• Join over 1.2 million students every month
  • Accelerate your learning by 29%
  • Unlimited access from just £6.99 per month

Macbeth Essay

Extracts from this document...


Macbeth Essay I will be writing about how William Shakespeare has written Macbeth which changes the attitudes of the reader to a central character and varies at different stages of the play. I will be writing about the techniques to how he does this and the skill in executing them. Macbeth at the beginning of the play is told by the captain to King Duncan how fearless and brave he was. 'Disdaining Fortune, with his brandished steel' (Act 1 scene 2) This makes us feel admiration towards Macbeth and also highlights how fearless he seems. 'Disdaining Fortune' is Macbeth defying luck with 'brandished steel' fighting through the horde of the enemy in battle. The captain also says 'Like Valour's minion carved out his passage" (Act 1 Scene 2) Macbeth is described to be a soldier who is brave and strong fighting his way out of a group of enemies towards his main objective. 'carved' is effective because it gives us a image which shows how he seems to be fighting through, as if he with his sword is easily swiping away the enemy that are foolish enough to face up to him. This also highlights how ambition is a trait of his character. This makes him seem admirable because it then tells us how he is strong and brave and this is without even being introduced to the character in the play. ...read more.


Lady Macbeth is introduced here by reading a letter sent to her by Macbeth, he tells her of the prophecy and she then begins to dream of him becoming king, she realises the same as Macbeth. Duncan will have to be killed in order for Macbeth to become king. Lady Macbeth then begins to manipulate Macbeth in to trying to get him to murder Duncan. Macbeth is now so ambitious and blinded by the love for Lady Macbeth that he will now kill Duncan in order for him to become king and not to disappoint Lady Macbeth who manipulates him and tricks him into to doing this. 'I have done the deed. Didst thou not hear a noise?' (Act 2 scene 2) Macbeth has committed a crime that is terrible and sick. Murdering his own kinsman was considered a terrible and damming crime once to Macbeth, but he has been horribly tricked and manipulated by lady Macbeth that we now feel disgusted at the both of them. ' Didst thou not hear a noise?' shows how paranoid he is after murdering Duncan. Macbeth is seen to be crowned as the king of Scotland but the murder has terrible consequences on him, he can no longer sleep and he finds the blood always to be on his hands. ...read more.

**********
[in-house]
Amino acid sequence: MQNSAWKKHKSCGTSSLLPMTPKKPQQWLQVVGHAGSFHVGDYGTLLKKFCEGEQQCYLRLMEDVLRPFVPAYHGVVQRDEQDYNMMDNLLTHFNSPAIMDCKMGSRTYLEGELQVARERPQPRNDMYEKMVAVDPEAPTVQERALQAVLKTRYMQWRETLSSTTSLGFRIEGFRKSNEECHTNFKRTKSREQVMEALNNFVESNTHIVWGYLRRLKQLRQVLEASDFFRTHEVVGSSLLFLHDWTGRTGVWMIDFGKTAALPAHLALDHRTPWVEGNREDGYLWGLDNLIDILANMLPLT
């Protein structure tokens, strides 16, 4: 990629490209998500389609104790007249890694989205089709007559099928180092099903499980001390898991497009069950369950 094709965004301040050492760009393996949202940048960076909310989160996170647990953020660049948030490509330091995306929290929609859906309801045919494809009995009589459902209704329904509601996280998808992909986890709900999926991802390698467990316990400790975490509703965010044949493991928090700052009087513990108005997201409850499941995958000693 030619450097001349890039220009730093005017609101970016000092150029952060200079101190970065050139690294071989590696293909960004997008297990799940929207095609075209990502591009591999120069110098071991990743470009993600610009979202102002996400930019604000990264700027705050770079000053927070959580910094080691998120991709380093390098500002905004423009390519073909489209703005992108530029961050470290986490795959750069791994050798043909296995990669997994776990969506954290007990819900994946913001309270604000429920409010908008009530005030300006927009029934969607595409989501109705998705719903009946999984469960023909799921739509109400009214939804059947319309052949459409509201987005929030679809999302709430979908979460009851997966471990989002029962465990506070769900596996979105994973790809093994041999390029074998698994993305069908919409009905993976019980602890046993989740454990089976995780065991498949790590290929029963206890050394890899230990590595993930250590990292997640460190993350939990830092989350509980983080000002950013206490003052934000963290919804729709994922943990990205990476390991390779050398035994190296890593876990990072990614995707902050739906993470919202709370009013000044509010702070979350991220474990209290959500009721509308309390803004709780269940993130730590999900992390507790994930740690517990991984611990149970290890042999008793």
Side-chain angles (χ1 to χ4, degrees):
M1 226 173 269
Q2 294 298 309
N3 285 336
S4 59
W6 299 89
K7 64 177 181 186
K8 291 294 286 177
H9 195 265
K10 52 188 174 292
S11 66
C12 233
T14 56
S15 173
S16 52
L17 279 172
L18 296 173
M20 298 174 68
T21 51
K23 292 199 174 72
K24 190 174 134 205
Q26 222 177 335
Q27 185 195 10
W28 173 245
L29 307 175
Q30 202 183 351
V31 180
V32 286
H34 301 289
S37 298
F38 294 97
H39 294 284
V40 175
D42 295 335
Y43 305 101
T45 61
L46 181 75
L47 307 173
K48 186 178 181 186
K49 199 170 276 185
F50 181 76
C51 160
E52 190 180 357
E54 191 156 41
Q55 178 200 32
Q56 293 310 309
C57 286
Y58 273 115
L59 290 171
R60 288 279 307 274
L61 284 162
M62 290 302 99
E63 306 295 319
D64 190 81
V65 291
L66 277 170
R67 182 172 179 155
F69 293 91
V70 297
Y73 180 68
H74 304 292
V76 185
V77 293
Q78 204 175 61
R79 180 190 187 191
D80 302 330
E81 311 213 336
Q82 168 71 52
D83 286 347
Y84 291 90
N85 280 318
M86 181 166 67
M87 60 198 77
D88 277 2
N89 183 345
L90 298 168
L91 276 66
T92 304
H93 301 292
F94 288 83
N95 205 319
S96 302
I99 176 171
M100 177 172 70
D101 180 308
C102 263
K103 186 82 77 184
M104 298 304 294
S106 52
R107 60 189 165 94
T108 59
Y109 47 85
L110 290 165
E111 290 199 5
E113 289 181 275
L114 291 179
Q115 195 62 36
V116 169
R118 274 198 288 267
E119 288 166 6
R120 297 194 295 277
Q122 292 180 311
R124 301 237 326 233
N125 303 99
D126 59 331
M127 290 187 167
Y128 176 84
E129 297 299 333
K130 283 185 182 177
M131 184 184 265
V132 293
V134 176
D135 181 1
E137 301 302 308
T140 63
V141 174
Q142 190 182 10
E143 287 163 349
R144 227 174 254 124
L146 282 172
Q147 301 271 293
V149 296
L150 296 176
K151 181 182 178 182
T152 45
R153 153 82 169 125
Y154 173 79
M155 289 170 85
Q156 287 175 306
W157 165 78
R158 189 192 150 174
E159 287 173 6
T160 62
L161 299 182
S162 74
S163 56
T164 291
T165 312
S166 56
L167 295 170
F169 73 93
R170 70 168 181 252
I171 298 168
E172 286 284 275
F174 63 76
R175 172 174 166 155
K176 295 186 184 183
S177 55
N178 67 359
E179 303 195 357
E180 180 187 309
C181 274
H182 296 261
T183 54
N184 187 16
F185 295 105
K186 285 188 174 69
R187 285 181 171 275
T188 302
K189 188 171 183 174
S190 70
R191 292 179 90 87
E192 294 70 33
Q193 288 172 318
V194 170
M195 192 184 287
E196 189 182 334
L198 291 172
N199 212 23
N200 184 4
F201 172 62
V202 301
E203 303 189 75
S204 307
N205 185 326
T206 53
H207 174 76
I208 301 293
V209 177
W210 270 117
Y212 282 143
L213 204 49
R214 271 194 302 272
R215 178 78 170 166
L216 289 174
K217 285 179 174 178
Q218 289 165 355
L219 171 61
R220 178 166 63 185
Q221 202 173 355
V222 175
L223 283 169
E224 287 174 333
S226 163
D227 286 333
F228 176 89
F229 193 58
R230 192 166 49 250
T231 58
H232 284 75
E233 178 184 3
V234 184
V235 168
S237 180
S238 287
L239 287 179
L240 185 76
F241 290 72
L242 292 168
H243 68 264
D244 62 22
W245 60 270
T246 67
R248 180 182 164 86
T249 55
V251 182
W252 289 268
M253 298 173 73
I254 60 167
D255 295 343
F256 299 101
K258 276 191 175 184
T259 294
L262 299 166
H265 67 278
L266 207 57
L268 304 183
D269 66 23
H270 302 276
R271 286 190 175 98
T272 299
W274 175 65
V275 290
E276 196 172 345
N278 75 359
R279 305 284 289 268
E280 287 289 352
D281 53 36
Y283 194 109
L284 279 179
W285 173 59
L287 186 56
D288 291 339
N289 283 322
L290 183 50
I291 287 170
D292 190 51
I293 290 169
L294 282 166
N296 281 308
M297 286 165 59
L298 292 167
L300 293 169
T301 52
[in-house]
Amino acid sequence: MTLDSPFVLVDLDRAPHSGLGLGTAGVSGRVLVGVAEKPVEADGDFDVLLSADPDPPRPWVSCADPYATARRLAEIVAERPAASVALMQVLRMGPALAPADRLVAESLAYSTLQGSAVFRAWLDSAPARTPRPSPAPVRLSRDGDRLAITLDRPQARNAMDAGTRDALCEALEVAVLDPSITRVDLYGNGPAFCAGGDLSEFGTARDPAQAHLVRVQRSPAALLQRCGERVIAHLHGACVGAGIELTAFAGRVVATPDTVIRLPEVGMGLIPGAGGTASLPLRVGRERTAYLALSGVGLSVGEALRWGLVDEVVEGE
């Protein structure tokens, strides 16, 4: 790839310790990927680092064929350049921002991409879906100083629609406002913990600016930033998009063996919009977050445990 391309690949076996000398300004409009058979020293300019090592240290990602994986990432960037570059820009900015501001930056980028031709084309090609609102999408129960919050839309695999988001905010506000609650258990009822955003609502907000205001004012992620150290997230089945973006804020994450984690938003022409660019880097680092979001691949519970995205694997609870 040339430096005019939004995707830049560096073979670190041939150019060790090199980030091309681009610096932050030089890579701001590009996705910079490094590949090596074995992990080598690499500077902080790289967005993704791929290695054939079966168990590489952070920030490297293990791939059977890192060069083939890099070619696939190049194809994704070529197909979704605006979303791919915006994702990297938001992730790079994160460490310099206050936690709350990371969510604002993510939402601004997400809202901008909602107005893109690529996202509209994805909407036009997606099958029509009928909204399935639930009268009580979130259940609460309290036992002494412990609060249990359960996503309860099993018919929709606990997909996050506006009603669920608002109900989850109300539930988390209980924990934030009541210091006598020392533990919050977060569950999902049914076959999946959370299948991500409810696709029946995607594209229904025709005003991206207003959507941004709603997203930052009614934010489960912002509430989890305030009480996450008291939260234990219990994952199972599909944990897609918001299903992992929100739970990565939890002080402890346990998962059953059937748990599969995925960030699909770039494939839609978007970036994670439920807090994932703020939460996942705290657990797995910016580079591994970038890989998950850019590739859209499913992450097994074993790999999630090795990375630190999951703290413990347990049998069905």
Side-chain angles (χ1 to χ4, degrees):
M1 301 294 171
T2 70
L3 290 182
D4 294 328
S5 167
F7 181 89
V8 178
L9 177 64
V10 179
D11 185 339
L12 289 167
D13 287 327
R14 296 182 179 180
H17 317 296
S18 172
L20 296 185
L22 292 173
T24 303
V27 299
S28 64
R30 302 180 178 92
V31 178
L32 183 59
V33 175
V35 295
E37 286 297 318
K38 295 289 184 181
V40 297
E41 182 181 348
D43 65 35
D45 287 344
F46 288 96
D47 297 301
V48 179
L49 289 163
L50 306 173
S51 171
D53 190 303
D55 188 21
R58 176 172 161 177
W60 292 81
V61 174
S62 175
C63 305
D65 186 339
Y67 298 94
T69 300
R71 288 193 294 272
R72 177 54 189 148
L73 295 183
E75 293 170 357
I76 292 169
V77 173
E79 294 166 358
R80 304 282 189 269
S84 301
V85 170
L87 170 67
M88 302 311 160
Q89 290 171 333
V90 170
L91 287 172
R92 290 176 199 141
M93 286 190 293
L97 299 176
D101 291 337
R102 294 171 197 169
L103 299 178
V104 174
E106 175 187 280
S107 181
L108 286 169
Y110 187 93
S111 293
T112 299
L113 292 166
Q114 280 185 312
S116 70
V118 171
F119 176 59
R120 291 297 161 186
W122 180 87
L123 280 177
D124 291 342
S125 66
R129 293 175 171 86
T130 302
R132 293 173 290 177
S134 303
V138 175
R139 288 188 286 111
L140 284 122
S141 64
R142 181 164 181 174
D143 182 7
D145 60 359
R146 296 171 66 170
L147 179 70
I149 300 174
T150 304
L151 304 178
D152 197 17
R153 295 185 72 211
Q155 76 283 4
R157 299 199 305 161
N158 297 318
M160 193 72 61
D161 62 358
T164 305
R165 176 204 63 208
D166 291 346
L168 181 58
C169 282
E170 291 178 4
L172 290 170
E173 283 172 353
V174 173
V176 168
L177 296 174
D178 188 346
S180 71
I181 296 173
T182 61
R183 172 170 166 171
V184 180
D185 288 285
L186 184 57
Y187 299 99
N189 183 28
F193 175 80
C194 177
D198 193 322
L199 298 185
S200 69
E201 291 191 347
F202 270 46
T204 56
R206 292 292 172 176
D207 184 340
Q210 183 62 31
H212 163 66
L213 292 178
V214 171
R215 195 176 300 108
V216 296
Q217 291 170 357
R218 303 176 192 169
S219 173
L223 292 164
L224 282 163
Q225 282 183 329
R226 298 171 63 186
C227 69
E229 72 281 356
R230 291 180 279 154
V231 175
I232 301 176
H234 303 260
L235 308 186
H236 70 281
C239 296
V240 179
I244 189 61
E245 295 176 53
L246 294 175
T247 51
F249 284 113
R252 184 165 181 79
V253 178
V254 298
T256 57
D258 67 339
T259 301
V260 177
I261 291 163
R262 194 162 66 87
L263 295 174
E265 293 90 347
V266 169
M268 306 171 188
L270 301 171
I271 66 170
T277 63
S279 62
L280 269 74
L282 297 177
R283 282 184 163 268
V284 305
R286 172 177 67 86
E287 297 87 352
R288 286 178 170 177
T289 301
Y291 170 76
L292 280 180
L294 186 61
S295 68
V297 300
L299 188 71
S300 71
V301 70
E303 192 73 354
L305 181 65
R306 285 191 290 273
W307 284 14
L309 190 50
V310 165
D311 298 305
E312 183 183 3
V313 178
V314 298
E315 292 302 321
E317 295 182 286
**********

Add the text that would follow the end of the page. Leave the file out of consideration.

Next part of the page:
Lay on, Macduff, And damned be him that first cries, "Hold, enough!" (Act 5 scene 9) What Macbeth says here is full of passion and anger. We feel slight admiration for him as he is fighting relentlessly reminding us of how he was at the start, a warrior that will fight to serve his country, but this time he has nothing to lose, so we also sympathise with him in that sense. Macduff has managed to kill him in the end but Macbeth would have died sooner or later. The fact that he was determined to fight rather than die a coward proves how much of a good warrior he was serving Scotland. William Shakespeare has taken us through the play with various emotions towards Macbeth on his actions. At the start we see him through other characters to be a brilliant warrior and loyal towards his country. Though when we first meet Macbeth and he has heard the prophecy from the witches we begin to feel uncertain towards him, unfortunately Lady Macbeths and ambition manipulates him to become a evil person who will murder anyone. We sympathise for him towards the end as he fights to his death with nothing to lose since his beloved lady Macbeth has killed herself. Shakespeare has done this wonderfully with writing effective pieces of imagery and word choice that help convey his character in different parts of the play. ...read more.

The above preview is unformatted text

This student written piece of work is one of many that can be found in our AS and A Level Macbeth section.

Found what you're looking for?

  • Start learning 29% faster today
  • 150,000+ documents available
  • Just £6.99 a month

Not the one? Search for your essay title...
  • Join over 1.2 million students every month
  • Accelerate your learning by 29%
  • Unlimited access from just £6.99 per month

See related essaysSee related essays

Related AS and A Level Macbeth essays

  1. By considering the soliloquies, analyse how Macbeth's character changes as the play progresses.

    Upon investigating the language used it can be said that Shakespeare, again, uses metaphors as demonstrated below: "And pity, like a new-borne Babe, Striding the Blast, or Heaven's Cherubin" (Act 1, Scene 7, Lines 21 and 22) In this quotation Macbeth is saying that if Duncon was murdered people would

  2. Macbeth - Act 4 Scene 1: Discuss the Dramatic Potential in this scene.

    It is also has been set in a hillside that is the desolate place. It has portrayed the witches as old naked women. This is a stereotype of witches, and during the time this play was written, this is how witches would have been thought of.

  • Over 160,000 pieces
    of student written work
  • Annotated by
    experienced teachers
  • Ideas and feedback to
    improve your own work